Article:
VIII.   FORMAT

Standard report formats can accommodate historic landscape studies by adding discussions of specific landscape characteristics in the historical overview and resource description sections, tailoring the discussion to the resources present. For example, the following outline could serve as an appropriate format for many landscape studies:

I. SUMMARY OF FINDINGS
II. PROJECT DESCRIPTION
III. RESEARCH METHODS
IV. HISTORICAL OVERVIEW

(As appropriate for the resource, discuss the historic processes that influenced historic development of an area. These processes will generally come under one or more of the following categories.)

A. Design
B. Land use activities C. Spatial patterns
D. Response to the natural environment
E. Cultural traditions
F. Historic events or individuals

V. DESCRIPTION OF RESOURCES

(As appropriate, discuss the physical components of the landscape, both natural and built features, which will generally include many or all of the following categories.)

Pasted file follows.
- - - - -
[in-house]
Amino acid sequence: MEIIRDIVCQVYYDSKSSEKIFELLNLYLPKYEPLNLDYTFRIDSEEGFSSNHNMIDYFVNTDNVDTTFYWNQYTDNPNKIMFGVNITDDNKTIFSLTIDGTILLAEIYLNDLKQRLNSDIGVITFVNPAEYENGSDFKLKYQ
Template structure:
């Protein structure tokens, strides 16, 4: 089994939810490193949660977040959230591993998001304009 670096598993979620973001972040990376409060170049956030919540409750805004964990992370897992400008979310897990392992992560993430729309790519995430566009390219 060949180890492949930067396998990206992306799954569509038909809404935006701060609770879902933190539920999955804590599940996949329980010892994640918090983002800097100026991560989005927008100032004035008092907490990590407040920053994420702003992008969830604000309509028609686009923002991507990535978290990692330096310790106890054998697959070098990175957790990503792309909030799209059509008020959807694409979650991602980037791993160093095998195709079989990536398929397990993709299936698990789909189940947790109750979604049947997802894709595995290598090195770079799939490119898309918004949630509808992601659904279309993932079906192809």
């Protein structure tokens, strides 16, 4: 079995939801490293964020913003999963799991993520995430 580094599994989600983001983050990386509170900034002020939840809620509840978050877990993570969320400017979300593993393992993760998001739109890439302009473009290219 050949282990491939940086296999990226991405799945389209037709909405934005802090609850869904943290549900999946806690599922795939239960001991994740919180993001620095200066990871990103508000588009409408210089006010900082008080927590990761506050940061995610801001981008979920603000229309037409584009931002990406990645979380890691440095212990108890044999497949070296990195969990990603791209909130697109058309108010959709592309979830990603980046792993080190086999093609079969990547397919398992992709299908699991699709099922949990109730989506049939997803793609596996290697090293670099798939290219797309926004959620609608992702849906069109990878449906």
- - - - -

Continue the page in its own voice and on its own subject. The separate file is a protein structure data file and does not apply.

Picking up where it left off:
A. Spatial organization and land patterns
B. Topography
C. Vegetation
D. Circulation
E. Water features
F. Buildings and structures
G. Site furnishings and objects
H. Visual character and intangible qualities

VI. STATEMENT OF SIGNIFICANCE

(Include statements specifically addressing the National Register criteria and the elements of integrity. For landscapes which appear to be eligible, describe the boundaries, define the period of significance, and list contributing and noncontributing elements.)

VII. CONCLUSIONS
VIII. ENDNOTES
IX. BIBLIOGRAPHY
X. APPENDICES:

A. Photographs
B. Maps
C. Inventory forms, if appropriate
D. Other attachments

(Include any additional pertinent documentation, such as copies of historic documents or correspondence.)

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